It is well known that the availability of evidence-informed guidelines (clinical or otherwise) does not guarantee their uptake and adoption. Although the concussion guidelines have always recommended the development of education and knowledge transfer strategies, there appears to have been no coordinated effort to develop and evaluate such approaches to date. It has been stated that the International Concussion in Sport group will be responsible for improving the implementation of the guidelines.35 However, it is now clear that content experts alone cannot take sole responsibility for the dissemination and adoption of guidelines and expect this to be successful. A more realistic goal would be for the International Concussion Guideline Consensus content experts to take a lead role in advocacy for improved dissemination and adoption of their guidelines. At the same time, they should initiate and actively engage in new partnerships with others, including appropriate end-user representation, to ensure that the much-needed implementation and dissemination strategies are achievable.15–17 There would also be considerable value in bringing together researchers with experience in social marketing, behaviour change and social media use with those with direct expertise in preventing and managing concussion in sport.21 In effect, we would benefit from a clearer division of labour between content generation and content dissemination.


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  • Contributor CFF led the development of the item. Each of the co-authors contributed content and editorial input into the manuscript.

  • Funding CFF was supported by an NHMRC Principal Research Fellowship (ID: 565900) and PMc was supported by an NHMRC Practitioner Fellowship. The Australian Centre for Research into Injury in Sport and its Prevention (ACRISP) is one of the International Research Centres for Prevention of Injury and Protection of Athlete Health supported by the International Olympic Committee (IOC). This work arose from research conducted through a Victorian Sports Injury Prevention Research Grant from the Department of Planning and Community Development, Victoria, Australia.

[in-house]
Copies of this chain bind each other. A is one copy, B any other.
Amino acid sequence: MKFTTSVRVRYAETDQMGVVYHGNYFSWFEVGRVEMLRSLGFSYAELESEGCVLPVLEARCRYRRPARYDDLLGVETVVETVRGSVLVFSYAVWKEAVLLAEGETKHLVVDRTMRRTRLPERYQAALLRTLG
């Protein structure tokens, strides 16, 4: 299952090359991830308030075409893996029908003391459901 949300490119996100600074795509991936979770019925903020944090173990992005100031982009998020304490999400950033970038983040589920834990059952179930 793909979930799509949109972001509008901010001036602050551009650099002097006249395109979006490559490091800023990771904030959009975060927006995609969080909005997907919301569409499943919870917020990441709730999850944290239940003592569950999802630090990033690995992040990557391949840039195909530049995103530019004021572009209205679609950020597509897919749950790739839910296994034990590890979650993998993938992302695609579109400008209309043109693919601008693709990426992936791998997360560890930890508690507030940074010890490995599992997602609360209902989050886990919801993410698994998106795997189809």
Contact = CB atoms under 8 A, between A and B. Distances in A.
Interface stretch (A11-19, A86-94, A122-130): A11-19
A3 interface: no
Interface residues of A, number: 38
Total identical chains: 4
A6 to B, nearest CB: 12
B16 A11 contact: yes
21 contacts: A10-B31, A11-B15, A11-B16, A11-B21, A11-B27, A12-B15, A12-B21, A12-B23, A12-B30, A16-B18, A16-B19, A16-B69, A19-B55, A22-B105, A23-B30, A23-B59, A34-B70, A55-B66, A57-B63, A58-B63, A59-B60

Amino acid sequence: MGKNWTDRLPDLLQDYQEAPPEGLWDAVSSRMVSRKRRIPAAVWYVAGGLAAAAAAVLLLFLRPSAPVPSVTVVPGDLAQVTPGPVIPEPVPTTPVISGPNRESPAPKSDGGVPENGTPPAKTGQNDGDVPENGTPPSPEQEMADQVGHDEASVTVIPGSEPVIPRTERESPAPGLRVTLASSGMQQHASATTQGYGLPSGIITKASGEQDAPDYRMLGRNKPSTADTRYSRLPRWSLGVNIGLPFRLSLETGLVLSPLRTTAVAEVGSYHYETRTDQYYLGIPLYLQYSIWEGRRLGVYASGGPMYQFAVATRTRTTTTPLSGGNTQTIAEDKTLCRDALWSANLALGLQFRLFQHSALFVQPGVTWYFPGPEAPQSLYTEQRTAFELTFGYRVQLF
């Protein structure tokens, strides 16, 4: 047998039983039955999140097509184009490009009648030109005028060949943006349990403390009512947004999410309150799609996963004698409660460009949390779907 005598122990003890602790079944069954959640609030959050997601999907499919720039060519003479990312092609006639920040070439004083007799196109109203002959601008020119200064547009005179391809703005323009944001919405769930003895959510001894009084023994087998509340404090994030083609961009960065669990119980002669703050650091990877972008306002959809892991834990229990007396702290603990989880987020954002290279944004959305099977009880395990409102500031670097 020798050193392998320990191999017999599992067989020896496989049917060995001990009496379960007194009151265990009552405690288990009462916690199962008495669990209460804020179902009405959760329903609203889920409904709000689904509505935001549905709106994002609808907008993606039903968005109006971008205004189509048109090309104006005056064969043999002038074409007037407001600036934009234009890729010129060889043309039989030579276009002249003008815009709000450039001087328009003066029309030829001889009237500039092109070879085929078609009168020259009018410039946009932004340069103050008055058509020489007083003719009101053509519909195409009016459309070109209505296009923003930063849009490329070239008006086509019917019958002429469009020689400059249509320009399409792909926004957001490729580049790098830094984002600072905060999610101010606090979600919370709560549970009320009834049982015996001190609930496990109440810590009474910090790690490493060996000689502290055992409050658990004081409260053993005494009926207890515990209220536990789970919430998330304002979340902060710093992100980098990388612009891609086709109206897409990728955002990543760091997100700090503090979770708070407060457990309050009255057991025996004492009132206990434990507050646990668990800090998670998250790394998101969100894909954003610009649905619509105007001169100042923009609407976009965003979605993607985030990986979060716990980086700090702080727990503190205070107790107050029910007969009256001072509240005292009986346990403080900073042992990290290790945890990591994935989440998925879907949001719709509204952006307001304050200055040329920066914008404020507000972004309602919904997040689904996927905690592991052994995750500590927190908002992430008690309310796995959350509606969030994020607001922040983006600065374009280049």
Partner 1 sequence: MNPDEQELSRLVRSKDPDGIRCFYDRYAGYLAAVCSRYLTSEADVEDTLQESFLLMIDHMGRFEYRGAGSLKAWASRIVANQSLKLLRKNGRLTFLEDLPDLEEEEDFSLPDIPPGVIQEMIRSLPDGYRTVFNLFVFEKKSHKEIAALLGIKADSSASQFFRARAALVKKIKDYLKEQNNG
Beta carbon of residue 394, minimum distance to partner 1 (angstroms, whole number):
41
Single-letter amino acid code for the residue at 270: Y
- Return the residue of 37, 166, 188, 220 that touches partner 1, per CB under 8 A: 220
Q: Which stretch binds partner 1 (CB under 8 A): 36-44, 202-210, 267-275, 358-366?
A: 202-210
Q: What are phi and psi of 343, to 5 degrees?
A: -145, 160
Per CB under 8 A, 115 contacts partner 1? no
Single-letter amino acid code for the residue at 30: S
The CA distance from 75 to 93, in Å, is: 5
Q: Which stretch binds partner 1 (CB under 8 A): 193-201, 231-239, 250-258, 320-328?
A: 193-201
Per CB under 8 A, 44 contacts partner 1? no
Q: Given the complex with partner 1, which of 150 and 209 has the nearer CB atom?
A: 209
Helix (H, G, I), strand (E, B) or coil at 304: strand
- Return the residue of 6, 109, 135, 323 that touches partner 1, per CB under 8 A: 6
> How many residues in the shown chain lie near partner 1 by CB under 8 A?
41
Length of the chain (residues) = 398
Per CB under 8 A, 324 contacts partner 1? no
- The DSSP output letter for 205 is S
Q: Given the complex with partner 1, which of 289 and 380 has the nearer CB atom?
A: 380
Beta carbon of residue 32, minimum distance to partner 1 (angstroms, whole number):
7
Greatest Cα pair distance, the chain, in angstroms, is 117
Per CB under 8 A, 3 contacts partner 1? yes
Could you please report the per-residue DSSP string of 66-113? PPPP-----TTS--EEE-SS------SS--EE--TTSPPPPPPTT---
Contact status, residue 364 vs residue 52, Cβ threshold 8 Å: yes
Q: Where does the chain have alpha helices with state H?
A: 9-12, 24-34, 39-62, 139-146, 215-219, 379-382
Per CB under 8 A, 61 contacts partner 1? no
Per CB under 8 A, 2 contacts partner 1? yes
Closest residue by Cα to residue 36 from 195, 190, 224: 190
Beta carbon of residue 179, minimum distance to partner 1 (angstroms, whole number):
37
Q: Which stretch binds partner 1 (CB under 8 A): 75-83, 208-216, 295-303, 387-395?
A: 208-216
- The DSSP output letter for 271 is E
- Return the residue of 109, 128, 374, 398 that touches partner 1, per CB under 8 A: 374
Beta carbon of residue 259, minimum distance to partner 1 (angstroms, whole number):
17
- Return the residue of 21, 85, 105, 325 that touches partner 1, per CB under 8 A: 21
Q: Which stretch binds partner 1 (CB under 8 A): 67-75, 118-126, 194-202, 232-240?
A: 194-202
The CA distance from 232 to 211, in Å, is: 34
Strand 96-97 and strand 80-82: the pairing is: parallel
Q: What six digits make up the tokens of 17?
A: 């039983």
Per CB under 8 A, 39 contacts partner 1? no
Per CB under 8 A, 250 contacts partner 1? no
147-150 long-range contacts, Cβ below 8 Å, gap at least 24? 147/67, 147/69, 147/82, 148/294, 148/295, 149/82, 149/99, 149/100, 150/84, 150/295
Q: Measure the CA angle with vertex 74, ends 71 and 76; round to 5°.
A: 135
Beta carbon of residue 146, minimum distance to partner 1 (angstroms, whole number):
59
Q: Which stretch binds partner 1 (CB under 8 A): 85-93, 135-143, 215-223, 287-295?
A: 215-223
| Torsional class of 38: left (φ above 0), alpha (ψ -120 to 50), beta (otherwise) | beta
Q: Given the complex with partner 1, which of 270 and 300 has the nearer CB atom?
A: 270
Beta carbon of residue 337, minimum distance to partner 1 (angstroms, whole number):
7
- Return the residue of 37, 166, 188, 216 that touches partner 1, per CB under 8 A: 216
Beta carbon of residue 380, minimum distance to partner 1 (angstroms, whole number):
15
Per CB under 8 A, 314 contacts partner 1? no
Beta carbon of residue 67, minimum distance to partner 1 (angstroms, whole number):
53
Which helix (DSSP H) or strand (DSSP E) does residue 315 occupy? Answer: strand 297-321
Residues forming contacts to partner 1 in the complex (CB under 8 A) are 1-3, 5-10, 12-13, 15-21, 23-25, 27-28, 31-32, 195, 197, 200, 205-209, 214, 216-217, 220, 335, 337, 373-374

• Competing interests PMc currently receives financial research support from the National Health and Medical Research Council, the University of Melbourne, Victorian Department of Planning and Community Development, Sport and Recreation Division and the Eastern Health Network. Previous competitive grant funding includes the Australian Research Council, International Rugby Board, the University of Melbourne, the University of Otago (NZ), National Hockey League (US), VicHealth, Australian Football League Research Foundation, Royal Australasian College of Surgeons and the Australian Sports Commission. He has a clinical and consulting practice in neurology and sports medicine involving individuals who have sustained concussion and TBI. He has received travel funding from the Medical Commission of the International Olympic Committee (IOC), the International Football Federation (FIFA), the American Academy of Neurology and the Jockey Club (UK). He receives book royalties from McGraw-Hill and from 2001 to 2008 was employed by the British Medical Journal Publishing Group. He has conducted clinical drug trials on antimigraine (Glaxo-Welcome; Janssen-Cliag; Novartis; Parke-Davis; Schering) and antispasticity drugs (Ipsen) through the Eastern Health Clinical Trials Unit in Melbourne. This drug trial work has not involved any financial payment to PMc directly. He received consultancy fees from Axon Sports (USA) for the development of educational material (in 2010 which was not renewed) and has received support since 2001 from CogState Inc. for research costs and the development of educational material. He is a cofounder and shareholder in two biomedical companies involved in eHealth and sports compression garment technologies and does not hold any individual shares in any company related to concussion or brain injury assessment or technology.